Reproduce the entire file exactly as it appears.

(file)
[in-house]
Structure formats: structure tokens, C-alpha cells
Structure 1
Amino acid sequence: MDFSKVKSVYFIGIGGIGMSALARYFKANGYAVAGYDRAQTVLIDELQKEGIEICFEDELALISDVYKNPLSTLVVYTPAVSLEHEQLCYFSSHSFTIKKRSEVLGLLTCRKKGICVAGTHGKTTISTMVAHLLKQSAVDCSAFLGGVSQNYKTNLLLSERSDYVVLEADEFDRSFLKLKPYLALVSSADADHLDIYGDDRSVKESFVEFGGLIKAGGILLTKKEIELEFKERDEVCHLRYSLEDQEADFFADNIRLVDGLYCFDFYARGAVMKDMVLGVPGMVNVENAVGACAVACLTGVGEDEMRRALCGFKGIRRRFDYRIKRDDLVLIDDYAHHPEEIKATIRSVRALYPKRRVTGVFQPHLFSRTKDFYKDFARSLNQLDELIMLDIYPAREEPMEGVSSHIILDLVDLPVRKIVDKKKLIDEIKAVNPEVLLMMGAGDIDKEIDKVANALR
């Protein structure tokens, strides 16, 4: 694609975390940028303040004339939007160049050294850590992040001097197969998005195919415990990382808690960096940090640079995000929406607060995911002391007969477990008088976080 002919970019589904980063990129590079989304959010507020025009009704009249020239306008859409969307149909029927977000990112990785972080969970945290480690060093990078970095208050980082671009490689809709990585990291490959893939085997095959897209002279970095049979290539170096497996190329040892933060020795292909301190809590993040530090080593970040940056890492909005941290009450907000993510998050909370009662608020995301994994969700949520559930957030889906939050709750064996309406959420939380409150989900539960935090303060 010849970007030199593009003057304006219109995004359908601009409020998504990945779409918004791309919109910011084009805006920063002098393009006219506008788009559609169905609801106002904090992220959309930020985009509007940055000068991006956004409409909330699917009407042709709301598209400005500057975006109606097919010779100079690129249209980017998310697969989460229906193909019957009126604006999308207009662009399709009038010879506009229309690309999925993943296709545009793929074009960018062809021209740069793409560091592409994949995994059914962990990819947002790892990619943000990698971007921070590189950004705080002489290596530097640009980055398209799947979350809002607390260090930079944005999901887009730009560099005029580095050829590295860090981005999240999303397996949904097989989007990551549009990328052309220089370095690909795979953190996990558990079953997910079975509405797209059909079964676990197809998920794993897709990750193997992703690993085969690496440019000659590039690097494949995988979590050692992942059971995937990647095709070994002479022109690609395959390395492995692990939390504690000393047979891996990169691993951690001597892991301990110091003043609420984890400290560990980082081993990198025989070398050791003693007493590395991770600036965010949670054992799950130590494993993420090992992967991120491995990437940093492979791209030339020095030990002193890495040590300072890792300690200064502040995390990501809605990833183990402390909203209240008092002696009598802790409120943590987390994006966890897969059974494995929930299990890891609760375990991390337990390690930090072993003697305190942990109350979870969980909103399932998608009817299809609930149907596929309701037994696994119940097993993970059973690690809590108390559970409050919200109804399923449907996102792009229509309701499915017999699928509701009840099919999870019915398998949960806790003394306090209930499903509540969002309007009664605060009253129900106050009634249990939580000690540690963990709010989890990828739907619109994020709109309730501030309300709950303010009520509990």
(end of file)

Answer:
[in-house]
Structure formats: structure tokens, C-alpha cells
Structure 1
Amino acid sequence: MDFSKVKSVYFIGIGGIGMSALARYFKANGYAVAGYDRAQTVLIDELQKEGIEICFEDELALISDVYKNPLSTLVVYTPAVSLEHEQLCYFSSHSFTIKKRSEVLGLLTCRKKGICVAGTHGKTTISTMVAHLLKQSAVDCSAFLGGVSQNYKTNLLLSERSDYVVLEADEFDRSFLKLKPYLALVSSADADHLDIYGDDRSVKESFVEFGGLIKAGGILLTKKEIELEFKERDEVCHLRYSLEDQEADFFADNIRLVDGLYCFDFYARGAVMKDMVLGVPGMVNVENAVGACAVACLTGVGEDEMRRALCGFKGIRRRFDYRIKRDDLVLIDDYAHHPEEIKATIRSVRALYPKRRVTGVFQPHLFSRTKDFYKDFARSLNQLDELIMLDIYPAREEPMEGVSSHIILDLVDLPVRKIVDKKKLIDEIKAVNPEVLLMMGAGDIDKEIDKVANALR
């Protein structure tokens, strides 16, 4: 694609975390940028303040004339939007160049050294850590992040001097197969998005195919415990990382808690960096940090640079995000929406607060995911002391007969477990008088976080 002919970019589904980063990129590079989304959010507020025009009704009249020239306008859409969307149909029927977000990112990785972080969970945290480690060093990078970095208050980082671009490689809709990585990291490959893939085997095959897209002279970095049979290539170096497996190329040892933060020795292909301190809590993040530090080593970040940056890492909005941290009450907000993510998050909370009662608020995301994994969700949520559930957030889906939050709750064996309406959420939380409150989900539960935090303060 010849970007030199593009003057304006219109995004359908601009409020998504990945779409918004791309919109910011084009805006920063002098393009006219506008788009559609169905609801106002904090992220959309930020985009509007940055000068991006956004409409909330699917009407042709709301598209400005500057975006109606097919010779100079690129249209980017998310697969989460229906193909019957009126604006999308207009662009399709009038010879506009229309690309999925993943296709545009793929074009960018062809021209740069793409560091592409994949995994059914962990990819947002790892990619943000990698971007921070590189950004705080002489290596530097640009980055398209799947979350809002607390260090930079944005999901887009730009560099005029580095050829590295860090981005999240999303397996949904097989989007990551549009990328052309220089370095690909795979953190996990558990079953997910079975509405797209059909079964676990197809998920794993897709990750193997992703690993085969690496440019000659590039690097494949995988979590050692992942059971995937990647095709070994002479022109690609395959390395492995692990939390504690000393047979891996990169691993951690001597892991301990110091003043609420984890400290560990980082081993990198025989070398050791003693007493590395991770600036965010949670054992799950130590494993993420090992992967991120491995990437940093492979791209030339020095030990002193890495040590300072890792300690200064502040995390990501809605990833183990402390909203209240008092002696009598802790409120943590987390994006966890897969059974494995929930299990890891609760375990991390337990390690930090072993003697305190942990109350979870969980909103399932998608009817299809609930149907596929309701037994696994119940097993993970059973690690809590108390559970409050919200109804399923449907996102792009229509309701499915017999699928509701009840099919999870019915398998949960806790003394306090209930499903509540969002309007009664605060009253129900106050009634249990939580000690540690963990709010989890990828739907619109994020709109309730501030309300709950303010009520509990």